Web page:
Home secretary welcomes report calling for crackdown on asylum seekers
Suella Braverman, UK home secretary, has welcomed a report calling for a major crackdown on asylum seekers who come to Britain using illegal routes, including putting them into indefinite detention.
Braverman is under growing pressure from Tory MPs to control cross-Channel migration in small boats, with 44,000 people arriving in Britain using that route already this year.
On Monday, a centre-right think-tank will publish a report that says “if necessary” Britain should change human rights laws and withdraw from the European Convention on Human Rights in order to tackle the problem.
Refugee groups said the proposals, if implemented, would represent a significant breach of Britain’s international obligations and mar its reputation as a haven for desperate people seeking sanctuary.
The Centre for Policy Studies report, co-written by Nick Timothy, Theresa May’s former chief of staff as prime minister, calls for new laws making it impossible to claim asylum in Britain after travelling from a safe country, such as France.
It also calls for a bar on migrants who enter the country using illegal routes from ever settling in Britain and a “rapid offshoring” of those migrants to Rwanda or other third countries willing to take them.
Timothy and his co-writer Karl Williams say Britain might have to leave the ECHR to allow detention and offshoring. They also want to reform May’s Modern Slavery Act, the UK’s main legislative tool for dealing with abuses in supply chains, to avoid its alleged abuse.
They argue that all future grants of asylum should only be made through official resettlement routes and capped at no more than 20,000 a year.
The issue of migration in small boats has become a major political problem for the Conservative government, particularly in working-class seats in the North and the Midlands.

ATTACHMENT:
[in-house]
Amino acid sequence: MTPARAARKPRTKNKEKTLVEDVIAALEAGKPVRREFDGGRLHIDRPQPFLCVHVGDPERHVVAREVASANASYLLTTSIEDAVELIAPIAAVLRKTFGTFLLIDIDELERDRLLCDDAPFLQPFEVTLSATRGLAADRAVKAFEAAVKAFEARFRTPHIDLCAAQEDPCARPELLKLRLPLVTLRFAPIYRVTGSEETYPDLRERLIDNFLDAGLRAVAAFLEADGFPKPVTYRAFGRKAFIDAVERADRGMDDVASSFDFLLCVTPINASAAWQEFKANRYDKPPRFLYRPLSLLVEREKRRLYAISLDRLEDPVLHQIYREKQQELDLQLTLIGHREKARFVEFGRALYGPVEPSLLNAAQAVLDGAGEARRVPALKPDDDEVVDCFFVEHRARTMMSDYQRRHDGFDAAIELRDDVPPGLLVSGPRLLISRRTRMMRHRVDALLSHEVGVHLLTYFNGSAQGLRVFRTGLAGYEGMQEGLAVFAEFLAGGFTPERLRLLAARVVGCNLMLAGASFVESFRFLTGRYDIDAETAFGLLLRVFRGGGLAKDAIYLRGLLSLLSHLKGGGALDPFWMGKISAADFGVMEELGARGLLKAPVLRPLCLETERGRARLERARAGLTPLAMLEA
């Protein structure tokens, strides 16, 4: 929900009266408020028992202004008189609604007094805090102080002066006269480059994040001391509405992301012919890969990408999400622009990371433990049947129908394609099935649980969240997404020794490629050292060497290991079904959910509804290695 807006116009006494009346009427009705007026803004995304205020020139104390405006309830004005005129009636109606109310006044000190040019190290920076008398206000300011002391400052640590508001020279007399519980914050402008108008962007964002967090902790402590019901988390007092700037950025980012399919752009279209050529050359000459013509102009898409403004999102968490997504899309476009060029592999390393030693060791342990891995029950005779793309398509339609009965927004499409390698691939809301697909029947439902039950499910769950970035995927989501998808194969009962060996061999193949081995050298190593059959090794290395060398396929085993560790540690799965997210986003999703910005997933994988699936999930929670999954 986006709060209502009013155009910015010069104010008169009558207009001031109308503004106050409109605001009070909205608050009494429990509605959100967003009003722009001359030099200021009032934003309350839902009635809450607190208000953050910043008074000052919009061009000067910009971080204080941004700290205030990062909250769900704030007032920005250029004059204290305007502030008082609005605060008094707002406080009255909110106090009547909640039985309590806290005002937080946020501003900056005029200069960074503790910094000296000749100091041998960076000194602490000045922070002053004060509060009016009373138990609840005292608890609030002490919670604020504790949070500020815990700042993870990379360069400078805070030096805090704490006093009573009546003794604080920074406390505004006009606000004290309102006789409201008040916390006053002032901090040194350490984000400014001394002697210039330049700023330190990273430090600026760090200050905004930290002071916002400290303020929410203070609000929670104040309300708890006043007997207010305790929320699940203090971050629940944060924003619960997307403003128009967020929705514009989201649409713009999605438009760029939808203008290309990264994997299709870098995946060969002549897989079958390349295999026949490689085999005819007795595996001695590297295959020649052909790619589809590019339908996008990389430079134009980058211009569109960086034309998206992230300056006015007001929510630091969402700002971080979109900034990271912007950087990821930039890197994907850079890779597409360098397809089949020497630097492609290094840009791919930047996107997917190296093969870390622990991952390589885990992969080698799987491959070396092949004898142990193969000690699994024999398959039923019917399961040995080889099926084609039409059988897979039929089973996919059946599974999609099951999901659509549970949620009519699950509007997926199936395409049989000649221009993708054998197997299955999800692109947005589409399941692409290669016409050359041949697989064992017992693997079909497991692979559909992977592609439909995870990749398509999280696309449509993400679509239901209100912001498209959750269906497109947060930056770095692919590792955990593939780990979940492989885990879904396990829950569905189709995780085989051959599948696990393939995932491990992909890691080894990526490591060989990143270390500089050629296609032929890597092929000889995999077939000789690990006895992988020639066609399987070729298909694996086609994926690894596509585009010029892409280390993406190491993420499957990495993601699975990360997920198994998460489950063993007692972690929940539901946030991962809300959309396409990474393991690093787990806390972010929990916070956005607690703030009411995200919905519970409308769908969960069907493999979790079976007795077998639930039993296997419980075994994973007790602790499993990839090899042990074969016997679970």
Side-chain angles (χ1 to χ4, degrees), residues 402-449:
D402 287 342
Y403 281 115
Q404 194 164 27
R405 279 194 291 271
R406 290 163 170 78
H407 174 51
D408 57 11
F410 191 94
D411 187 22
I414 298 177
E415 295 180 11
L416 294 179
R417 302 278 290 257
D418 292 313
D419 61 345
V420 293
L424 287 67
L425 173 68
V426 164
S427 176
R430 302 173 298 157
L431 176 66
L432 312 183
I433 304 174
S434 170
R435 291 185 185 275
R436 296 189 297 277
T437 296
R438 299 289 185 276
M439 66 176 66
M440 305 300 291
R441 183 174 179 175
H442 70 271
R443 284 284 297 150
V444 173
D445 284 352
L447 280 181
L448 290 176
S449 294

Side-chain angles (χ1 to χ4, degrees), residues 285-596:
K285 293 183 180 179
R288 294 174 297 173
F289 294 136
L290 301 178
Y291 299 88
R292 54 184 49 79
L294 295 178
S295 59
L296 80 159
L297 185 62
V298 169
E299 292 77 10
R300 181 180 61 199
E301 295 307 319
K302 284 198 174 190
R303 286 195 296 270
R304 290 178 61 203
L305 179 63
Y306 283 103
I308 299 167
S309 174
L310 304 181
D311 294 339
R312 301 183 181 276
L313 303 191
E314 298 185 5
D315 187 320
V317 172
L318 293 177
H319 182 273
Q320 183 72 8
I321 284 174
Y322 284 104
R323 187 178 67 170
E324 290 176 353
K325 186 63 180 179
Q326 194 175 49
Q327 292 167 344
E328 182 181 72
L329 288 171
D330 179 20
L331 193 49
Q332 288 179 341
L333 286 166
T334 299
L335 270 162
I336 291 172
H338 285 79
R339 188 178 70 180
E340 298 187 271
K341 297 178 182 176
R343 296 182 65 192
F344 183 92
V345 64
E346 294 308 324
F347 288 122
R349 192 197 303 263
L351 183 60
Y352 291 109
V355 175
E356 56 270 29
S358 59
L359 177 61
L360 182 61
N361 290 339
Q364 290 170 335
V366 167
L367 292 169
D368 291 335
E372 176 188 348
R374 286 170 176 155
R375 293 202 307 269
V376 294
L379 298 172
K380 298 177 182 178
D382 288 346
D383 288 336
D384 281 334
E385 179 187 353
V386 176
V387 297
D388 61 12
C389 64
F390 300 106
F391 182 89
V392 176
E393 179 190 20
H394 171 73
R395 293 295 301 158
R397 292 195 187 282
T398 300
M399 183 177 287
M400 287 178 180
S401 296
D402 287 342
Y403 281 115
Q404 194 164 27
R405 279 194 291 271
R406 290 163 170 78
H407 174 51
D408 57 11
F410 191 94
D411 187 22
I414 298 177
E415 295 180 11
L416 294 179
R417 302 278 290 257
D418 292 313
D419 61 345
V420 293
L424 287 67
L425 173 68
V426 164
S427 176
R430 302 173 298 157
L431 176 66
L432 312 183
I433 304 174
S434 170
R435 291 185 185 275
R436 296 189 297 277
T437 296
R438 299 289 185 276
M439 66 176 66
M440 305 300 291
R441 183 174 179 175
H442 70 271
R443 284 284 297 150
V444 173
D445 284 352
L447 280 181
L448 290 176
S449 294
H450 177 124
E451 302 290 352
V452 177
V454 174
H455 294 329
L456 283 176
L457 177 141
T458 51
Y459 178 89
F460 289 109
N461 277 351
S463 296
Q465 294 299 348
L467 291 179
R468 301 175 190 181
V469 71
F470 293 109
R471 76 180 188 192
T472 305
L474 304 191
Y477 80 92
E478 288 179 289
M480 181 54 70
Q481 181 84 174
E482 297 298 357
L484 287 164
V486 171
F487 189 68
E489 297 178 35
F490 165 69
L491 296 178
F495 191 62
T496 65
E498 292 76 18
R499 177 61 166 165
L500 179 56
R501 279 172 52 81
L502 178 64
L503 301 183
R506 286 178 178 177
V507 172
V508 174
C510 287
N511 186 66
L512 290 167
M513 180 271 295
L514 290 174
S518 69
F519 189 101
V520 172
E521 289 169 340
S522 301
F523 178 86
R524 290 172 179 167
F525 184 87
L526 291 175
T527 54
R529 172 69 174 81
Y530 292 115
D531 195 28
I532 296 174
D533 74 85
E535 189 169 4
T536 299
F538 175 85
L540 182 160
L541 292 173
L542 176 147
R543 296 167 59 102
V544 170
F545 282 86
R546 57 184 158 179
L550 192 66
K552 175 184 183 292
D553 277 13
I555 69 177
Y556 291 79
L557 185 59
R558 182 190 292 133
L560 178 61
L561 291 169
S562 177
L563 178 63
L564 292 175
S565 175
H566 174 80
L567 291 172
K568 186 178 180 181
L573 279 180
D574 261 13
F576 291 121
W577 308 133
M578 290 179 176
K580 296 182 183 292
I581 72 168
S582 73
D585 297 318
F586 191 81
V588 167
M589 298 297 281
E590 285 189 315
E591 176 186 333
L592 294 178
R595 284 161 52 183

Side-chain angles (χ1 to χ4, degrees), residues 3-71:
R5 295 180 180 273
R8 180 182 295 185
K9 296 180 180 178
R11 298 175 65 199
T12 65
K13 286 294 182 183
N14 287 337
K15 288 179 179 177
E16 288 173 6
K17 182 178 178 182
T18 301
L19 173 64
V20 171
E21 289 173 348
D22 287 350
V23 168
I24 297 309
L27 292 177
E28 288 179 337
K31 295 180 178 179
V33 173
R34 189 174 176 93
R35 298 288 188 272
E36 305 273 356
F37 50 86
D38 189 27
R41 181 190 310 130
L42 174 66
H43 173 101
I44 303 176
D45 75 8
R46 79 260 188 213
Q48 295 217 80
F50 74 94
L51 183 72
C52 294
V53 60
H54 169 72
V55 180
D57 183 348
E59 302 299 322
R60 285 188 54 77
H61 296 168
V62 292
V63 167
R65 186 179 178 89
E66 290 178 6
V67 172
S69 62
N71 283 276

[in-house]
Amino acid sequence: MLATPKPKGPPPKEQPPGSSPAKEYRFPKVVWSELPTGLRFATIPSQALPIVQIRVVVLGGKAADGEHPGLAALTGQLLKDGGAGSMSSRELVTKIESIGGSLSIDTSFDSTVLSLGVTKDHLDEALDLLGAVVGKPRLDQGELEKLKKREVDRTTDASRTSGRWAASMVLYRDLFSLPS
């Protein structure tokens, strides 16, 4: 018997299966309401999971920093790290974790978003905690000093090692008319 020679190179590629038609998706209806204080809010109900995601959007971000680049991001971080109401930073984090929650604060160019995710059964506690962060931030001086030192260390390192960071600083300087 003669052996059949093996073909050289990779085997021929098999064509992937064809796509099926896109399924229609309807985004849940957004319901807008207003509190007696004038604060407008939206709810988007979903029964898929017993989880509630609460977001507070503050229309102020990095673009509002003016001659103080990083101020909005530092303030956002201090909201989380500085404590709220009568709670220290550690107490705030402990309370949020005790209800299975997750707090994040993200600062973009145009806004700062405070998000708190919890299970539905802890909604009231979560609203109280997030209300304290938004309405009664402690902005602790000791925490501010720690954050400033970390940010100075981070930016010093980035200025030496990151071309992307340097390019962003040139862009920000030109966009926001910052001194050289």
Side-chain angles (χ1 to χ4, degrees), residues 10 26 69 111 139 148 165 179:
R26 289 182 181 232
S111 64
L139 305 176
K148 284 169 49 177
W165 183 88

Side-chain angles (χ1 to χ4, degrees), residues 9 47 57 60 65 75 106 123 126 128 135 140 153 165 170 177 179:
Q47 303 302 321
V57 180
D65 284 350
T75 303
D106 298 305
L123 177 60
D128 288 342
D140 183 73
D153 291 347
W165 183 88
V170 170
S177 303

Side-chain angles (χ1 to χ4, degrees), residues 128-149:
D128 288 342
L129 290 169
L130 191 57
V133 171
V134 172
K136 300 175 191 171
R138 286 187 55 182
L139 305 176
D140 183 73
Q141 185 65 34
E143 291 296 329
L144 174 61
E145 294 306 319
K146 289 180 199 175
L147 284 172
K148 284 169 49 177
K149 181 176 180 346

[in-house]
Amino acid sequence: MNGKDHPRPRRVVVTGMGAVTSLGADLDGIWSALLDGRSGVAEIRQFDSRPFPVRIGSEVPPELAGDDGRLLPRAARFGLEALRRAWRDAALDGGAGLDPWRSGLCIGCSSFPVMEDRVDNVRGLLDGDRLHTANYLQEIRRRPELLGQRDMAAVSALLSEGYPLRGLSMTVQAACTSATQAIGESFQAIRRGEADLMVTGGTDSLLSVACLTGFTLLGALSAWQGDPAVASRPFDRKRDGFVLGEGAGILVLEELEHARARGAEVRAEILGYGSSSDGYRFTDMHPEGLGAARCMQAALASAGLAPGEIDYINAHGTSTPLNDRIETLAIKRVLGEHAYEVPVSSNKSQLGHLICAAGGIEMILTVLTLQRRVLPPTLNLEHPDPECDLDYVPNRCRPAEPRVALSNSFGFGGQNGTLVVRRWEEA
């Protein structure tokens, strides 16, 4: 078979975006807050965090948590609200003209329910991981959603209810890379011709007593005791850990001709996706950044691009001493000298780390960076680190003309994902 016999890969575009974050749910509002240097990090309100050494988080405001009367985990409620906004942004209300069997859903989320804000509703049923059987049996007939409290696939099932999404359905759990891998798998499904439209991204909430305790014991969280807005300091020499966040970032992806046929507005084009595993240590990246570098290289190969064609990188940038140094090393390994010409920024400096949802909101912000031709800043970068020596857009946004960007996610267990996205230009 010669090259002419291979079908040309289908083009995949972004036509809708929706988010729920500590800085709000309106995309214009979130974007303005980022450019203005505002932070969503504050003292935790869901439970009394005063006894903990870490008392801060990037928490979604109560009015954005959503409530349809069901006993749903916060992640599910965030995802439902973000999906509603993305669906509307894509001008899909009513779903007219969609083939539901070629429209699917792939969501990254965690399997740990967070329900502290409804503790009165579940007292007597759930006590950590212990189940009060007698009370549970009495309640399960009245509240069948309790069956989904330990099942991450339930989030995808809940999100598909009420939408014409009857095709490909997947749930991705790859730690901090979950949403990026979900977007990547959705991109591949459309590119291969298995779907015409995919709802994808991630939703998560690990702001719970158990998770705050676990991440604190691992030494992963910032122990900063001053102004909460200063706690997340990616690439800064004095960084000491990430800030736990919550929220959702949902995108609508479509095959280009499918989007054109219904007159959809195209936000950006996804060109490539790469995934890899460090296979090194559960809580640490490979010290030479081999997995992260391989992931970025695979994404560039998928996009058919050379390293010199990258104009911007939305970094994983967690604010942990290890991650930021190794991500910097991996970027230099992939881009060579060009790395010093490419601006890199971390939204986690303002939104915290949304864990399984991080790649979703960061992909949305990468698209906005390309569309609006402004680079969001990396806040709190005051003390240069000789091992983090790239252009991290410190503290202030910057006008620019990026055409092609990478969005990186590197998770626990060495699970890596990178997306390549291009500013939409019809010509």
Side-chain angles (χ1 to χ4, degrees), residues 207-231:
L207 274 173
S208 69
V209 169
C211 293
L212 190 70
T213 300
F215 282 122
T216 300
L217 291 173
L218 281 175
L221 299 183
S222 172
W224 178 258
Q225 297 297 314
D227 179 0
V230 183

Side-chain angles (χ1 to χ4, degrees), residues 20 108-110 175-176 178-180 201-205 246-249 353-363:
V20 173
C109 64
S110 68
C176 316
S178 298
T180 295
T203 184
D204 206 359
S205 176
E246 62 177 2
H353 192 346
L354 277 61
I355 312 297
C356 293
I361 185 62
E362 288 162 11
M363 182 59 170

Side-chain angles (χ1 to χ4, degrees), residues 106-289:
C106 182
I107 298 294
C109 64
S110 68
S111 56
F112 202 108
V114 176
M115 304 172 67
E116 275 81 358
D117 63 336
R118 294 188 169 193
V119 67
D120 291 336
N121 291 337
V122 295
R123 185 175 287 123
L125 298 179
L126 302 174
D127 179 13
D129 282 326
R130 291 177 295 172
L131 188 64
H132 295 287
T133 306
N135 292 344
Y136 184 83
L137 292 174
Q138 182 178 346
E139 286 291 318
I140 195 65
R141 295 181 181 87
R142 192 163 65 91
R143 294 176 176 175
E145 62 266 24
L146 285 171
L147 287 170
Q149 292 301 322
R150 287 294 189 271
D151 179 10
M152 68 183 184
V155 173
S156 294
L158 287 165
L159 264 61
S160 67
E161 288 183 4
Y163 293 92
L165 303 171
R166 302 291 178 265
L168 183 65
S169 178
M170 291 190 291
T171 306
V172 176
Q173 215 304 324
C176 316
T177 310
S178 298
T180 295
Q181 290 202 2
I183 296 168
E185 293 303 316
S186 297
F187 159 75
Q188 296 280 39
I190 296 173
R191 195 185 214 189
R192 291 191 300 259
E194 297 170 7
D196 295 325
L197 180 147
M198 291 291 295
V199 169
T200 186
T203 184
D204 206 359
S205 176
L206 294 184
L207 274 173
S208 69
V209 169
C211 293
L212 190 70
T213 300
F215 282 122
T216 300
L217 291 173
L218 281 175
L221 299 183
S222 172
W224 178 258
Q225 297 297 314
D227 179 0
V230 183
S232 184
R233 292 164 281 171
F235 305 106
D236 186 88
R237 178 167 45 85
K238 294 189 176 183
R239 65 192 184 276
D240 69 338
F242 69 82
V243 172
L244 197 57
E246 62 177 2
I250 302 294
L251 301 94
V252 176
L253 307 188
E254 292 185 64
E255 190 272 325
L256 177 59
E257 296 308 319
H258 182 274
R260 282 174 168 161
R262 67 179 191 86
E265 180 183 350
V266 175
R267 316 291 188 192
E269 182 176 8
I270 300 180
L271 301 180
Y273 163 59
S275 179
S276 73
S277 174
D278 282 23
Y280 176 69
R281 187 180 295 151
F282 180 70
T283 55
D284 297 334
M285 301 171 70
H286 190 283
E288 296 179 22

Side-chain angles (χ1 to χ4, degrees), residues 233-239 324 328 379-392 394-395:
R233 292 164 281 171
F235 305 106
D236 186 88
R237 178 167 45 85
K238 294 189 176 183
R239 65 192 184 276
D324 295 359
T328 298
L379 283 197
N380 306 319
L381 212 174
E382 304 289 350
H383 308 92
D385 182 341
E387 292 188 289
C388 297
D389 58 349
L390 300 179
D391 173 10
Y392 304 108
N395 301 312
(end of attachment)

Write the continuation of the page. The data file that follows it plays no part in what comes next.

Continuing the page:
Braverman said she did not agree with “everything” in the report but she said she welcomed it as making a “vital and necessary contribution to the policy debate about what can be done to tackle the crossings”.
In a foreword to the report, she said: “There are a range of policy options. And with clear thinking, political will, and determination, we can prevail against the smuggling gangs, against those who abuse our system, and we will comprehensively tackle the small boats problem.”
Tory MPs are tiring of tough talk from home secretaries and want action from the government to tackle the rise in migrant crossings. Braverman’s allies refused to say which parts of the CPS report she supported.
They also described as “wrong” a report in the Sunday Times that ministers were drafting laws banning asylum seekers arriving by illegal routes from ever settling in Britain.
Separately Robert Jenrick, immigration minister, said it was “very hard” to see how Albanians, who currently represent the largest number of small boat crossings, should be able to successfully be able to claim asylum when they came from a “demonstrably” safe country.
Enver Solomon, chief executive of the Refugee Council, a UK charity, said of the CPS report: “The policies outlined in this report would amount to the UK walking away from the Refugee Convention, which we were a founding signatory of just over 70 years ago.”
Yvette Cooper, shadow home secretary, said the government asylum policy was in “chaos” and was based on “headline chasing”.
“They should adopt Labour’s plan including a specialist unit in the National Crime Agency to go after the criminal gangs that are driving this, and immediate action to clear the backlog and the chaos from the asylum system,” she said.